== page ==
Last year's regular-season finale -- a meaningless, blowout loss in which he gave up two first-inning runs and then stopped pitching -- can teach you a lot about Jered Weaver.

The Angels came into that game with nothing to play for. They were mathematically eliminated two days earlier, their much-hyped season already a wash, but Weaver himself had plenty to gain on that sleepy Oct. 3 afternoon. He had already won a career-high 20 games and thrown his first no-hitter, once again putting himself squarely in the American League Cy Young discussion, and this was his chance to leave a lasting impression on those who vote for an award he has long deserved.

Thing is, he didn't really care.

"I wanted to win the World Series," Weaver would say later. "Once we found out we were out of it, I was kind of out of it, too."

Major Leaguers will often say they're only concerned about team-oriented achievements, but few truly live it like the Angels' ace. So don't talk to Weaver about all the success he's had over the last three years, while putting himself among the elite pitchers -- and best bargains -- in all of baseball. He doesn't want to hear it.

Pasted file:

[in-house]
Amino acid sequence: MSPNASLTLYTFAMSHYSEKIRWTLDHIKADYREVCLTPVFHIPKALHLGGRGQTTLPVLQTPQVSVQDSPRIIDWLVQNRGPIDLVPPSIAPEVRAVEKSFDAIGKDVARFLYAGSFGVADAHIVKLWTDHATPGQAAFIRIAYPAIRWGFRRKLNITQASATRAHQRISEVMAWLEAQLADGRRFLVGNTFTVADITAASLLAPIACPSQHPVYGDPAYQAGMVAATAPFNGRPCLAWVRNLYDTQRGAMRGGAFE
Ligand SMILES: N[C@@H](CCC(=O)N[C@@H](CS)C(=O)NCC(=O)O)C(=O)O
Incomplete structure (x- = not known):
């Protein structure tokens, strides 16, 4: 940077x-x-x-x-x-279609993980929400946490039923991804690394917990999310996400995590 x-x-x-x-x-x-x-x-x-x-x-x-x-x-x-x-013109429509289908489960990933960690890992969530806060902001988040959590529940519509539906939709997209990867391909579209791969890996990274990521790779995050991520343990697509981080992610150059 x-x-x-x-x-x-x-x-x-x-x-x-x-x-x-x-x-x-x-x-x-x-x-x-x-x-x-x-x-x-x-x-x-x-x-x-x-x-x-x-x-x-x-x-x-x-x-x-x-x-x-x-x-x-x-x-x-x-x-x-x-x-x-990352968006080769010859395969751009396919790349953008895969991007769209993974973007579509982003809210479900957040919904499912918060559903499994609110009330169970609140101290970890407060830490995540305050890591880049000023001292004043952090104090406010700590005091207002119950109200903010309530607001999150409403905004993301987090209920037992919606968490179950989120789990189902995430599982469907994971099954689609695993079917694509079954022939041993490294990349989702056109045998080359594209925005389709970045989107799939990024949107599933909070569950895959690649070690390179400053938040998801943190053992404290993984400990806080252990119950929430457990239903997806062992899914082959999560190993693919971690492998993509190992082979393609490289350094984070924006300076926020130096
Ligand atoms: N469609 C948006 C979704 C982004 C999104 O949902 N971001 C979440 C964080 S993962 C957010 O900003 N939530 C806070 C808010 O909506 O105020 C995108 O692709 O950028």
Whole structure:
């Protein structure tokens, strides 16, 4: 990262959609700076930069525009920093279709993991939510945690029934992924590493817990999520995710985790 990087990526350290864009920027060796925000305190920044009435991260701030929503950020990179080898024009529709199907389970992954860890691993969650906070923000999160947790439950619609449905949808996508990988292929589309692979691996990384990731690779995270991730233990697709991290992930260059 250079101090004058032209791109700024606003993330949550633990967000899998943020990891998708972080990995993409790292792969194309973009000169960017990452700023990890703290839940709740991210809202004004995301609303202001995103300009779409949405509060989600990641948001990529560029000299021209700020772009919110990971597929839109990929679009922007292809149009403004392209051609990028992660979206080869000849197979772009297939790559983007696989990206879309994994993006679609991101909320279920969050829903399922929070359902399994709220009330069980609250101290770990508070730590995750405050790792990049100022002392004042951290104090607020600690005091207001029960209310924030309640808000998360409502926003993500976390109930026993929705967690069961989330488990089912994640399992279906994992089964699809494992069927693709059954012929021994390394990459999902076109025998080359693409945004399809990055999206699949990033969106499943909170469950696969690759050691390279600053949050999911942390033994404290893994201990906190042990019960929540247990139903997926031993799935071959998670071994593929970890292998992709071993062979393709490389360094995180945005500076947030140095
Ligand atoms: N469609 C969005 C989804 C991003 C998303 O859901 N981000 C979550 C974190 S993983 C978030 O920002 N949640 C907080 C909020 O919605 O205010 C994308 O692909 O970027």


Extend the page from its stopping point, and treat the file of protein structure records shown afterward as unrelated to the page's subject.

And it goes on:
A 2.73 ERA and 573 strikeouts in 648 2/3 innings? Big deal.

Three straight trips to the All-Star Game and three top-five finishes in AL Cy Young Award voting? Yeah, so what?

A Major League-leading 1.03 WHIP, a third-ranked .608 opponents' OPS and a 3.36 Fielding Independent Pitching score? English, please.

Weaver sees only one number in that 2010-12 span: zero. As in, the amount of postseason games his Angels have played.

"I don't really need to enjoy what I do, or what I've done over the last three years, when it doesn't really mean anything when we don't make the playoffs and don't make a run in the playoffs," Weaver says. "It's great. You guys like to look at it and say, 'Oh, he's one of the best pitchers in baseball.' I don't look at it like that. I just know we haven't accomplished our goal."

When Weaver takes the mound on Monday, at Great American Ball Park against the Reds at 1:10 p.m. PT, it will mark his fourth consecutive Opening Day start. It will also serve as an indication of the quiet consistency the wiry right-hander has achieved -- the type of year-in, year-out production that almost makes you take what he brings for granted.